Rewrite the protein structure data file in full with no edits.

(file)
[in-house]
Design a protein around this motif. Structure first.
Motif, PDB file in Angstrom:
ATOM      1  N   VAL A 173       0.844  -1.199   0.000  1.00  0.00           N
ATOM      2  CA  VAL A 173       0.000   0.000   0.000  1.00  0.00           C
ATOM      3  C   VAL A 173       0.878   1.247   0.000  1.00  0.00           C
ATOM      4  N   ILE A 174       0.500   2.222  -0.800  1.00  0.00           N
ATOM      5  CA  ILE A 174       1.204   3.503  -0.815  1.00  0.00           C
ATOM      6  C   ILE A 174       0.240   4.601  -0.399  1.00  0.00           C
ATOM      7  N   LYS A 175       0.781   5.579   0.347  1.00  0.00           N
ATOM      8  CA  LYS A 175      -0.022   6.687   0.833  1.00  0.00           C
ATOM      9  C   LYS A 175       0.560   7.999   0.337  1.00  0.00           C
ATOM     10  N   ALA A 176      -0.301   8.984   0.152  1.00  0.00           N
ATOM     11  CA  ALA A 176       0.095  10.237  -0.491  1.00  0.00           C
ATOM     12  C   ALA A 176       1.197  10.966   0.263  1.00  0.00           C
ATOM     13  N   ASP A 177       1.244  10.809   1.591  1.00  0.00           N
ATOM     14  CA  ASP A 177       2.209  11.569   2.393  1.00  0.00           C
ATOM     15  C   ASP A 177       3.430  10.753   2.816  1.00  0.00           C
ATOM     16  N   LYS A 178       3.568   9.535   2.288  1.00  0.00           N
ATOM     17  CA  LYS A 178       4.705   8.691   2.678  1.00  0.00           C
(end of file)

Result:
[in-house]
Design a protein around this motif. Structure first.
Motif, PDB file in Angstrom:
ATOM      1  N   VAL A 173       0.844  -1.199   0.000  1.00  0.00           N
ATOM      2  CA  VAL A 173       0.000   0.000   0.000  1.00  0.00           C
ATOM      3  C   VAL A 173       0.878   1.247   0.000  1.00  0.00           C
ATOM      4  N   ILE A 174       0.500   2.222  -0.800  1.00  0.00           N
ATOM      5  CA  ILE A 174       1.204   3.503  -0.815  1.00  0.00           C
ATOM      6  C   ILE A 174       0.240   4.601  -0.399  1.00  0.00           C
ATOM      7  N   LYS A 175       0.781   5.579   0.347  1.00  0.00           N
ATOM      8  CA  LYS A 175      -0.022   6.687   0.833  1.00  0.00           C
ATOM      9  C   LYS A 175       0.560   7.999   0.337  1.00  0.00           C
ATOM     10  N   ALA A 176      -0.301   8.984   0.152  1.00  0.00           N
ATOM     11  CA  ALA A 176       0.095  10.237  -0.491  1.00  0.00           C
ATOM     12  C   ALA A 176       1.197  10.966   0.263  1.00  0.00           C
ATOM     13  N   ASP A 177       1.244  10.809   1.591  1.00  0.00           N
ATOM     14  CA  ASP A 177       2.209  11.569   2.393  1.00  0.00           C
ATOM     15  C   ASP A 177       3.430  10.753   2.816  1.00  0.00           C
ATOM     16  N   LYS A 178       3.568   9.535   2.288  1.00  0.00           N
ATOM     17  CA  LYS A 178       4.705   8.691   2.678  1.00  0.00           C